Quade Cooper is one of the most naturally gifted football players Australia has developed in recent memories.
The step, the cut-out, the flick pass, Cooper’s got all the skills to excite the masses.
And for so long, he wondered why others couldn’t see and do what he could do.
As he embraces his time in Wallaby camp, the 33-year-old has revealed how his club rugby exile transformed how he saw his game and what he can give to the sport of Rugby.
The former Red was sensationally dumped from the Reds set-up by Brad Thorn in 2018 as he looked to overhaul their culture.
This saw the 70-cap Wallaby ply his trade in club rugby for Brisbane side Souths before making the move to the Rebels and subsequently overseas.
Heading back to the purest form of rugby at the grassroots level, it was his time guiding the side around at Chipsy Wood Oval that he realised his value and what he could give to the sport outside of being referred to simply as a 'naturally gifted' player.
“When I was playing club football at Souths in 2018, that was probably the first time I enjoyed passing on knowledge,” he told reporters. “Before that, I didn’t have the patience for it.
“At Super Rugby and Test level, I would get frustrated when someone didn’t understand their role or missed a jump on a play, forget a little bit of knowledge because, to me, you should automatically know that at that level. I think that was an error in judgement on my behalf instead of putting in the time and effort to help other people because everyone learns in different ways.
“When I went to Souths, a club that doesn’t have resources or money so the coaching and players, talented players but very raw. For myself, being fortunate to have great coaching and resources from such a young age, I was able to find patience in myself and in the things I had learnt.
“That was probably the first time I really enjoyed and I got more satisfaction out of seeing other players learn. You’d be out on the field and there would be something you had a conversation about or you could see guys working at week in, week out and you see the lightbulb moment that they realised and understood what’s going on, that was a moment for me that I got so much satisfaction out of.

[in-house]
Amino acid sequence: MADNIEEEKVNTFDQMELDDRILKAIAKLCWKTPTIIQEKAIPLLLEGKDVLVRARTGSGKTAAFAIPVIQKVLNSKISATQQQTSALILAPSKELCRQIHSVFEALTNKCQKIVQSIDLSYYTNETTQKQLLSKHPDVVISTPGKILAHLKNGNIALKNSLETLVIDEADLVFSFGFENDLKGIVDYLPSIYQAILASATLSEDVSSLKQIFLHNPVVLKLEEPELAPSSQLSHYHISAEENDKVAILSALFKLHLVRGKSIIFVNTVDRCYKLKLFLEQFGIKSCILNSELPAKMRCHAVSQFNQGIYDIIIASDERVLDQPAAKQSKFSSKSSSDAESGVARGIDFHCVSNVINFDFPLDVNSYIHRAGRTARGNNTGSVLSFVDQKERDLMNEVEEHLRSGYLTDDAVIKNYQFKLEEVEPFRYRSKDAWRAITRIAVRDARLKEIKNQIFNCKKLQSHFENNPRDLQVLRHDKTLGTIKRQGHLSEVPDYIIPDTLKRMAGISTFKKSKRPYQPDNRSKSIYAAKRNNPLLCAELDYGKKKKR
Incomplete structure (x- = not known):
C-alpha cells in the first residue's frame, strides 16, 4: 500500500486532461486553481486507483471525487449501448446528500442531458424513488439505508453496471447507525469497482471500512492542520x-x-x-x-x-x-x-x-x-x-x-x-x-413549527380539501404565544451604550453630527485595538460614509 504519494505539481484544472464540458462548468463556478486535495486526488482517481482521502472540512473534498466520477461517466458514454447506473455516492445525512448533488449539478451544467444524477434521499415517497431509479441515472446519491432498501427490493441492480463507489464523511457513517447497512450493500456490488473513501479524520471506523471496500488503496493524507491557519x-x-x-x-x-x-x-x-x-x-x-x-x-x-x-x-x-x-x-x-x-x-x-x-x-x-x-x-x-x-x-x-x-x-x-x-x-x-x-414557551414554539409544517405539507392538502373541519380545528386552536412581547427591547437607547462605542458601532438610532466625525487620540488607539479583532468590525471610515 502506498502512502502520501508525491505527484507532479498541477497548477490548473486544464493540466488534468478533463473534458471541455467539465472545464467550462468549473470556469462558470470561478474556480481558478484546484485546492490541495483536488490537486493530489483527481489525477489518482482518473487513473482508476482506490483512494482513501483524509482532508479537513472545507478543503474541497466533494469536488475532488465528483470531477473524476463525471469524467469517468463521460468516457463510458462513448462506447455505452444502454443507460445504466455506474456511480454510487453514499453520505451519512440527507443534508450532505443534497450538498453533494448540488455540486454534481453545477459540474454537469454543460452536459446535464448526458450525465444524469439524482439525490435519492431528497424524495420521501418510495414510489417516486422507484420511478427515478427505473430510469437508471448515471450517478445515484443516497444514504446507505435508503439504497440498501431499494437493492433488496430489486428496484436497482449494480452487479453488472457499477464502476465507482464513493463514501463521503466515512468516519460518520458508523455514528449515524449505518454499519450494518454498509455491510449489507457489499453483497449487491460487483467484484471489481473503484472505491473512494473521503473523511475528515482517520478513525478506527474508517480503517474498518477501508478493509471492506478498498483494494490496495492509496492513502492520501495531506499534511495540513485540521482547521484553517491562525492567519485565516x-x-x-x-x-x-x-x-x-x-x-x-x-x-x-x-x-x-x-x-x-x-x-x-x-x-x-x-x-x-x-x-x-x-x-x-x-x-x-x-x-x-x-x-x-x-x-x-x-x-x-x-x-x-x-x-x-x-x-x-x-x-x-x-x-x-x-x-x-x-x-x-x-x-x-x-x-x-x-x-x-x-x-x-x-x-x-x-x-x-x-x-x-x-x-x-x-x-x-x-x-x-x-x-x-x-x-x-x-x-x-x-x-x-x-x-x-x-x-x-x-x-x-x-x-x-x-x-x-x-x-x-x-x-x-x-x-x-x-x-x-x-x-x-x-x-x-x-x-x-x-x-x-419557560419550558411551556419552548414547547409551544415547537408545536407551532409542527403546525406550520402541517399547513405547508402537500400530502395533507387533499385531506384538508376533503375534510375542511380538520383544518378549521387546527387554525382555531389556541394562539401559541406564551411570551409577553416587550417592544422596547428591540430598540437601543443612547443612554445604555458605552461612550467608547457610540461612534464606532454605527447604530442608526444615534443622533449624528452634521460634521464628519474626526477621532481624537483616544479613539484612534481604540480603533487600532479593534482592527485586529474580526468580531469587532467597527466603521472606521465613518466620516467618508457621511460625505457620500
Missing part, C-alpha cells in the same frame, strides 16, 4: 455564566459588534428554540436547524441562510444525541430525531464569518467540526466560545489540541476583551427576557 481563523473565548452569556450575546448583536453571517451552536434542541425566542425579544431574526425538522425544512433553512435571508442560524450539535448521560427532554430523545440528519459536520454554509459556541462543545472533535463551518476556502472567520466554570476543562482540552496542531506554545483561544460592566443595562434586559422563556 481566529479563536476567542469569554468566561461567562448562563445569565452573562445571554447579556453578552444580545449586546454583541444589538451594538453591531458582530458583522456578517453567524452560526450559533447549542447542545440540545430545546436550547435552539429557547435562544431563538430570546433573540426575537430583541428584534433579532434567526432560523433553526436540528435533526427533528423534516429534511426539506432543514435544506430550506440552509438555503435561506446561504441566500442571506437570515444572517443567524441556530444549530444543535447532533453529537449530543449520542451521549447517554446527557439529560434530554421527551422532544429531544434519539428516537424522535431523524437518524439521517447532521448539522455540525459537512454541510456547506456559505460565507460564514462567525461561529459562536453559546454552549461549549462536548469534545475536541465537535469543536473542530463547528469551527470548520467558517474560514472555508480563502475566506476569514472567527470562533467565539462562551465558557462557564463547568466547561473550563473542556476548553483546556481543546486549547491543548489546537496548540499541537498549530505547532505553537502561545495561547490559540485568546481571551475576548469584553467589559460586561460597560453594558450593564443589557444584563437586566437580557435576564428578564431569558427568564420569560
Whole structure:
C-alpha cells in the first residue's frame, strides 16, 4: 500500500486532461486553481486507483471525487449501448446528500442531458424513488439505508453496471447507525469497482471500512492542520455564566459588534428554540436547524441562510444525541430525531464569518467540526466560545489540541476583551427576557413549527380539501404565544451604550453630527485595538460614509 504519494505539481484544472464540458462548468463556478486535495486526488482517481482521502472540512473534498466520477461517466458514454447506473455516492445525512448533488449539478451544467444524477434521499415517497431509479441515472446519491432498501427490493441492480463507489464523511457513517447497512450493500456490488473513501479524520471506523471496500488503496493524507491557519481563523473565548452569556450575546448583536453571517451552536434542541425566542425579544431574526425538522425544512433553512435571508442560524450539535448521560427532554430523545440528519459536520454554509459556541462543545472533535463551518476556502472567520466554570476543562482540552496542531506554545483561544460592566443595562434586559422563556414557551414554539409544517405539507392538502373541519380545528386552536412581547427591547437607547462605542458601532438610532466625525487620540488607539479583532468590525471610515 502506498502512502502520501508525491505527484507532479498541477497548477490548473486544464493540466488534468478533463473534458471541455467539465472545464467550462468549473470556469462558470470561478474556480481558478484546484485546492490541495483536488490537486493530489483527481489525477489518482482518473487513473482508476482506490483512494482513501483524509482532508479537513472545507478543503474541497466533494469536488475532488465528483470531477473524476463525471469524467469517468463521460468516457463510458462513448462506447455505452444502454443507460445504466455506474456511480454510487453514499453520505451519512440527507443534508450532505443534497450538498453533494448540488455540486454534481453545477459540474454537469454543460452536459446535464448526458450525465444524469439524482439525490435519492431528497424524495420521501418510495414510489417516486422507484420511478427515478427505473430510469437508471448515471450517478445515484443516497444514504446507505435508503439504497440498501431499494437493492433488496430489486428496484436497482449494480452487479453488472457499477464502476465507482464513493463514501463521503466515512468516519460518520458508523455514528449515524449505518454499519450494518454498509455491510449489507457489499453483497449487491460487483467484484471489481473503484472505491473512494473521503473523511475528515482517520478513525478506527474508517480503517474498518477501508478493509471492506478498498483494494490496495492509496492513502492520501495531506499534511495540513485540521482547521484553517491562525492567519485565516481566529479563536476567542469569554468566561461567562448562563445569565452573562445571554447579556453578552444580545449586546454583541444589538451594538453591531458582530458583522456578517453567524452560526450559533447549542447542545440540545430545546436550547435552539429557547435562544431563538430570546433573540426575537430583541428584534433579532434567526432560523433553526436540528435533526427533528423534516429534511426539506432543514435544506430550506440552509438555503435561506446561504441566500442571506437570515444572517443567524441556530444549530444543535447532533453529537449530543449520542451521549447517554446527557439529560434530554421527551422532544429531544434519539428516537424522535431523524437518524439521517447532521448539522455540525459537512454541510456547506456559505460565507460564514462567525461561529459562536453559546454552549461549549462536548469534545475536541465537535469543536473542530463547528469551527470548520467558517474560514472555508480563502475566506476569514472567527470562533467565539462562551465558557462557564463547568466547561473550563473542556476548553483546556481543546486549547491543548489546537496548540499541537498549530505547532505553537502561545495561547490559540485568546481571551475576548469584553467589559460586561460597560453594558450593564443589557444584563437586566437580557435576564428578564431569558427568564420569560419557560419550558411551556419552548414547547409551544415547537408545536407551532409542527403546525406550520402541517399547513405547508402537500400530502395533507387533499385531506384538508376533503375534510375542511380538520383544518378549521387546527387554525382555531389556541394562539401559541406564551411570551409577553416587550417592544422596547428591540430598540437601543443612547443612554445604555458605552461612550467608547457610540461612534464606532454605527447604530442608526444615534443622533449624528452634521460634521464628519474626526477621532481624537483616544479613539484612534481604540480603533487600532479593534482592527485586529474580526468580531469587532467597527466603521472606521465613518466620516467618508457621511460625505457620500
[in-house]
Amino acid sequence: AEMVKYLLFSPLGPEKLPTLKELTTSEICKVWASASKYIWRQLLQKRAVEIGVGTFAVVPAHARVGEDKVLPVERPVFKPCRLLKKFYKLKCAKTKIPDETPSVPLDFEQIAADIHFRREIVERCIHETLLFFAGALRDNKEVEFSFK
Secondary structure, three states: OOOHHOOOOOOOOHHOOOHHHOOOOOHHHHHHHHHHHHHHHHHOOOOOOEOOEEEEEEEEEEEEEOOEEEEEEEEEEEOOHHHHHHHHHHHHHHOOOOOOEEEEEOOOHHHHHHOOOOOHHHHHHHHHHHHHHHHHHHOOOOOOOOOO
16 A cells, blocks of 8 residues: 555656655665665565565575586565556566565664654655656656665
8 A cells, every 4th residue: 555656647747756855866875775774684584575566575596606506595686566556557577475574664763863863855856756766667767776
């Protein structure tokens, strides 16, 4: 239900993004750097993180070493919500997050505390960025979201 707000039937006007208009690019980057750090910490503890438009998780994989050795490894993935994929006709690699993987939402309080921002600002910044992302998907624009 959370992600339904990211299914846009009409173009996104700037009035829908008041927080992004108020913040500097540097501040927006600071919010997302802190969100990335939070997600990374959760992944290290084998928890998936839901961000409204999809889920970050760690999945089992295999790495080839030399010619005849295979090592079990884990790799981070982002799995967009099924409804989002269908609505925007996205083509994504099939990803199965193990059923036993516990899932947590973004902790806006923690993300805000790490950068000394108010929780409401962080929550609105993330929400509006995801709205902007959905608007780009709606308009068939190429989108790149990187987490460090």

“…Now as a man and a footballer player, I definitely have more patience for that.”
This is evident when you hear the youthful Wallaby squad speak about Cooper, having taken young half Noah Lolesio under his guidance as he begins his Test career.
However, for the veteran, the experience in camp has also been about what he can pick up himself after spending four years out of an international environment.
Whilst there has been no indication of whether he will feature or even stay with the squad, Cooper’s focus remains on how he can grow both personally and professionally before heading back to Kintetsu Liners in Japan.
“That hasn’t been a focus for me. I haven’t come in thinking ‘I just have to play a Test’ for me coming in here is been about learning,” he said.
“The things I’ve been able to learn and whether I go back to Japan after this game, the Rugby Championship I’m not 100% sure but I’ll have a wealth of knowledge footballing in terms of what I’ve been able to learn and gain about myself being back in this environment.
“The level of skill, training that we’ve been at, I haven’t had that for four years since I was last in a Wallabies squad.
“It hasn’t been a focus of mine to come in just play games. If I can grow as a man, grow as a rugby player and take that back to Japan and pass that onto other people, that’s a great reward for myself.
“That’s where my focus is at, anything else is bonuses along the way on this journey.”
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Dave Rennie remains tight-lipped on his squad for the third Test on Sunday, already forced into two changes with the departure of Lukhan Salakaia-Loto and Hunter Paisami.
Whilst Cooper could feature alongside the returning Izack Rodda, he praised the depth and competitiveness of a squad hungry to bounce back after their disappointing defeats.
“Nah, not yet. He keeps everyone on their toes,” Cooper admitted.
“When we’re training, the teams are also quite mixed up. You always look to see where ‘Hoops’ (Michael Hooper) or Marika (Koroibete) is and try and get some indication from that.
“The boys are all just fighting for spots…the competition throughout the squad, we’ve got some fantastic players here who are putting in a lot of work and effort to become better players and put their hands up for selection.”